From couture gowns to Amazon driver uniforms, Seattle designer Luly Yang does it all

She also just released a limited edition ready-to-wear line called 'Luleisure.' 

Seattle’s premiere designer Luly Yang is known for her one-of-a-kind couture gowns, made for weddings and red carpets.

But her work has also taken to the skies and streets.

Yang designed the uniforms for Alaska Airlines employees, Amazon delivery drivers, and most recently guest services staff at Climate Pledge Arena.

It was never part of her grand plan – in fact, uniforms never crossed her mind. Then, Alaska unexpectedly called in 2015.

"I don't scare easily, but I wanted to do a good job so I did wonder if I was the right person,” Yang said.

She ultimately embraced the challenge and spent months meeting with airline staff and their unions, learning about their safety requirements, desires and needs. The end result was a successful line and a fundamental shift in Yang's own career.

"It's really a privilege and an honor actually to be playing that part of a role in somebody else's life,” she said. "The puzzle came together and it became a picture, and I said okay - now I know what my calling is."

In her mind, designing a uniform has a lot in common with a couture gown.

"My approach is the same, and the result is all about improving the human experience,” Yang said. “How do I improve their lives, whether it's at work or at home or at a party or at a wedding, how do I make it better?"

It's all in the details. For the Climate Pledge line, she balanced the uniforms by making them both comfortable and purposeful. Mixed media pieces are both tailored and stretchy, and collars and lapels are cut to resemble the arena and Space Needle's iconic architecture.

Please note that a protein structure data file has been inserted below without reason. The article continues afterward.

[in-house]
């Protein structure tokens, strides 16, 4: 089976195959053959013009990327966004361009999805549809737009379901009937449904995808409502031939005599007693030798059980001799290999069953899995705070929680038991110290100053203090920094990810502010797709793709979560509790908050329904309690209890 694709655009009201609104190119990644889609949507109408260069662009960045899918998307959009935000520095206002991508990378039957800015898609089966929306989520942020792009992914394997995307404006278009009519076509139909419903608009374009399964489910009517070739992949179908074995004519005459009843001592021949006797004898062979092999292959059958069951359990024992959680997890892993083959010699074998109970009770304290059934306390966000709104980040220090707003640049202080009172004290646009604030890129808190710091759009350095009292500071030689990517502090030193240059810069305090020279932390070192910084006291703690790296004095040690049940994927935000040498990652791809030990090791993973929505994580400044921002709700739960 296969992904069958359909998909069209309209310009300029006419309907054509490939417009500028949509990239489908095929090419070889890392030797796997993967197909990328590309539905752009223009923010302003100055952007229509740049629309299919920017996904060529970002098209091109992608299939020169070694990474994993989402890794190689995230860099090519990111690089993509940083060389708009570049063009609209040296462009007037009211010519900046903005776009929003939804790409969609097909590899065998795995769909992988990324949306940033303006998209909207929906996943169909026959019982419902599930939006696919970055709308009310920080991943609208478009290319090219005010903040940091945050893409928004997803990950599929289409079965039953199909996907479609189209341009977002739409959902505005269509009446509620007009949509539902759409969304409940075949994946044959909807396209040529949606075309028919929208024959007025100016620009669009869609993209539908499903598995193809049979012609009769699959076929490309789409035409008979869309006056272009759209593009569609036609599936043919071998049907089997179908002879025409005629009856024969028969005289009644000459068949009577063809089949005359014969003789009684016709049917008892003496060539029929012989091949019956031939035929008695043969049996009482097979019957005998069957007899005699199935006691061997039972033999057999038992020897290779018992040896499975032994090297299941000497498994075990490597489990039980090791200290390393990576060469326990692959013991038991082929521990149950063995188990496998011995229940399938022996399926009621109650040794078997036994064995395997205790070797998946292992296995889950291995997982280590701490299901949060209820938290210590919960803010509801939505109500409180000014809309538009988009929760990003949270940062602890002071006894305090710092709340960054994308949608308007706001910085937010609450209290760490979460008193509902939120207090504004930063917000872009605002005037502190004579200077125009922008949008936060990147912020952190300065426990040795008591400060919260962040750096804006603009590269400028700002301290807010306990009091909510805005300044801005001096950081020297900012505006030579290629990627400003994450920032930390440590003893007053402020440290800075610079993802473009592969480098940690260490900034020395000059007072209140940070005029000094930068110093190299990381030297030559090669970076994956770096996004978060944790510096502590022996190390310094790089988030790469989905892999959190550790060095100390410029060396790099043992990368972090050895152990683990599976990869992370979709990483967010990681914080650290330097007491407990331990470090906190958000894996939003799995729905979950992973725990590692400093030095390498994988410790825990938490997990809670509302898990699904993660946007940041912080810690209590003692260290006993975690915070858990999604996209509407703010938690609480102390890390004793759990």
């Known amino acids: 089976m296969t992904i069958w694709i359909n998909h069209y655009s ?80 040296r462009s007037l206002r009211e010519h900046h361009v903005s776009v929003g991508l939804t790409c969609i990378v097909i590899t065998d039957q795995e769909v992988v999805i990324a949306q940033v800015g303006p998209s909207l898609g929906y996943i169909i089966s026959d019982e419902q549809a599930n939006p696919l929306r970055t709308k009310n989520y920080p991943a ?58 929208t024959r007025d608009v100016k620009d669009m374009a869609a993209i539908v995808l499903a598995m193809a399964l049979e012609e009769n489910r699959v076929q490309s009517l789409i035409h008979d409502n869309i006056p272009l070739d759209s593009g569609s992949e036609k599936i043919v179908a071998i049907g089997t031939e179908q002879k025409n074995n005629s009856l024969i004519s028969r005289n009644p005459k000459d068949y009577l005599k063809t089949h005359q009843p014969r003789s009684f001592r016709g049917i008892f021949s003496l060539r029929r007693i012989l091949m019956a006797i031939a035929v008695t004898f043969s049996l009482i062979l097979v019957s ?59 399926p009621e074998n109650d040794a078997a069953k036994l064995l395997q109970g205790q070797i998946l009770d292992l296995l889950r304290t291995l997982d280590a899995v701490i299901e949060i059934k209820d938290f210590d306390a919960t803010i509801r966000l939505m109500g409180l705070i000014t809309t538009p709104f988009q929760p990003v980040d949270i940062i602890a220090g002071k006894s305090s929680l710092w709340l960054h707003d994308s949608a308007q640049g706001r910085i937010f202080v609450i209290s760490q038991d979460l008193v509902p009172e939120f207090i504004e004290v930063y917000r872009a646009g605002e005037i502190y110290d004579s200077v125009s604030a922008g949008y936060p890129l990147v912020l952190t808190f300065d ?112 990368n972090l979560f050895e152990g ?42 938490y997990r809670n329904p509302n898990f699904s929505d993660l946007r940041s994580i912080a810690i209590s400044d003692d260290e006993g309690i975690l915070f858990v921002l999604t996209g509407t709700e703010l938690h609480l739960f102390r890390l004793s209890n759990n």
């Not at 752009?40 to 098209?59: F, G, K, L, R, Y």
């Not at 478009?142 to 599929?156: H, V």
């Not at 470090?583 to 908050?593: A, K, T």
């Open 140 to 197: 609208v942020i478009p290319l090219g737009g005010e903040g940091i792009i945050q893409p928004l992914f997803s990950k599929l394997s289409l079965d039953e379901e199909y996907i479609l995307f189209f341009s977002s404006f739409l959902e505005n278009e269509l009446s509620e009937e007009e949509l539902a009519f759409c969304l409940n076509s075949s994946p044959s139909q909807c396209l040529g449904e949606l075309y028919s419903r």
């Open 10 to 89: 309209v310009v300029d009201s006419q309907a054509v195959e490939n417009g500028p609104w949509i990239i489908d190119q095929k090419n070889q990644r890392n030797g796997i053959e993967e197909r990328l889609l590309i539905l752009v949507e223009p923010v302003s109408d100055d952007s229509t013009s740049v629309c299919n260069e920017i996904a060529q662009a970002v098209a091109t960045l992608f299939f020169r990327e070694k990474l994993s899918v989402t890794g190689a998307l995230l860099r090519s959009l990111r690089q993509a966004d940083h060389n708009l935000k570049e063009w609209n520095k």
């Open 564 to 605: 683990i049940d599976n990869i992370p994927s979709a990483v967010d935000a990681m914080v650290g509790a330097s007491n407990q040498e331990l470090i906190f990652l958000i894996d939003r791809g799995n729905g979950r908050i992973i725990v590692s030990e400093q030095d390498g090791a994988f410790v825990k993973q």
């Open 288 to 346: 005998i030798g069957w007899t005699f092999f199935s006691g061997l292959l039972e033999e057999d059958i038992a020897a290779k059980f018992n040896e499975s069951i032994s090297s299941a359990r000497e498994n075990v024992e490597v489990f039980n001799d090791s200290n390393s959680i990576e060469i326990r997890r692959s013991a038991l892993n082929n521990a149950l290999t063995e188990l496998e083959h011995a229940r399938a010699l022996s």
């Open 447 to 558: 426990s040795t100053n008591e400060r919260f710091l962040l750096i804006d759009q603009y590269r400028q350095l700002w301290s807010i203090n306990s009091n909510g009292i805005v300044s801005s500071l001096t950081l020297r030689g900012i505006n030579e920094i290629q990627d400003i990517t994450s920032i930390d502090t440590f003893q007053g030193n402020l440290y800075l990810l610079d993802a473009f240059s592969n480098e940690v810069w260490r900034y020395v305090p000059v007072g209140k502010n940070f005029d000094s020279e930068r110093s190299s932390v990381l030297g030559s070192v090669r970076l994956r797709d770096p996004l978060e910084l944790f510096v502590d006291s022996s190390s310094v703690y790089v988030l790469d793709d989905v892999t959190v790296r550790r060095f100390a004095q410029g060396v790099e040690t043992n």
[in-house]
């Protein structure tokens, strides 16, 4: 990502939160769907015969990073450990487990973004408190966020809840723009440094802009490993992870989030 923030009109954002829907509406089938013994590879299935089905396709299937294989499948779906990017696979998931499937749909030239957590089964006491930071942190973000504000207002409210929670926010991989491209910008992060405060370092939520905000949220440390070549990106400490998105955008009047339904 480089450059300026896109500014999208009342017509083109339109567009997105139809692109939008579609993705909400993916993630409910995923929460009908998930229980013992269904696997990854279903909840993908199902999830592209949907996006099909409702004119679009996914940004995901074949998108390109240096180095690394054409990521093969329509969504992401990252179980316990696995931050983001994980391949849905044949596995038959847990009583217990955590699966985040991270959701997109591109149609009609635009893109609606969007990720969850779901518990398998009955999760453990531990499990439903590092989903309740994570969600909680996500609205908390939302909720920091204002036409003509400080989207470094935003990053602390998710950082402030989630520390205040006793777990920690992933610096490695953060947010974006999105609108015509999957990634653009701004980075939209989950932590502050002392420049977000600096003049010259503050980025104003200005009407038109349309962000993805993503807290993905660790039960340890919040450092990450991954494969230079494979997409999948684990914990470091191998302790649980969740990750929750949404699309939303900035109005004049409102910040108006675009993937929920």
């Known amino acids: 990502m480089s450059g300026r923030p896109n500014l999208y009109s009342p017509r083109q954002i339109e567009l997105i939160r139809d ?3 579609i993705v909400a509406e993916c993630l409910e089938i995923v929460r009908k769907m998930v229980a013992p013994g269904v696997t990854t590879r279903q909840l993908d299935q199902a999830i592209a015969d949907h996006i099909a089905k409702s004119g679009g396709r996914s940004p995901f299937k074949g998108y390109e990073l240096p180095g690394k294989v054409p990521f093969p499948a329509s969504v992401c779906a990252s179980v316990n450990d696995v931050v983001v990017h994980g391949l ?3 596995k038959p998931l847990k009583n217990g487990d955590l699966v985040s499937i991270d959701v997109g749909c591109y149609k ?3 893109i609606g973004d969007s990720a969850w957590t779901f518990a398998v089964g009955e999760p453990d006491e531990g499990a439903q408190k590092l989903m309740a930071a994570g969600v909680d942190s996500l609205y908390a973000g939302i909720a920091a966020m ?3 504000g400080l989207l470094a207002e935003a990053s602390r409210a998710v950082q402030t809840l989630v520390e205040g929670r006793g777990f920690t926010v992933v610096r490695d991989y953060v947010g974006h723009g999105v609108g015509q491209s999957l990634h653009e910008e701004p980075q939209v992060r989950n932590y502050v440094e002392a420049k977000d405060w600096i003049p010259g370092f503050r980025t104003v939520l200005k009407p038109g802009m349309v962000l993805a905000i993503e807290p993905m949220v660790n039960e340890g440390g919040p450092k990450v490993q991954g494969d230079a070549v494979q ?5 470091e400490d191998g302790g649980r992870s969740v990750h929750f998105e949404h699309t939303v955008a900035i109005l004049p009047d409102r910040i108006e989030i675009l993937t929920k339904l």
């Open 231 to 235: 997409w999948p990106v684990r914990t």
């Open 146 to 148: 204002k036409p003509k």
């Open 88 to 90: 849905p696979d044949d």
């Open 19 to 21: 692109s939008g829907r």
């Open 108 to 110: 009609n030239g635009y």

She's also created a new ready-to-wear line, using things she learned from her work Alaska. It’s called “Luleisure” and is inspired by traveling and living sustainably.

Pieces include a down puffer scarf that can be rolled into a headrest pillow, gender-neutral reversible jackets, and vegan leather joggers.

Yang also designed a raincoat she’s been thinking about for the past decade.

"It's the raincoat that makes me wake up and wish it would rain,” she laughed.

The limited line is available at her downtown Seattle showroom, online, and at a pop-up inside the Alaska Airlines North Satellite Lounge at Seatac Airport through this weekend.

"I did not imagine I would be where I am now 20 years ago, when I started my business,” Yang said. "I'm really thankful I took that leap back then, and I love what I do. I will always do this."  


Originally featured on King5.com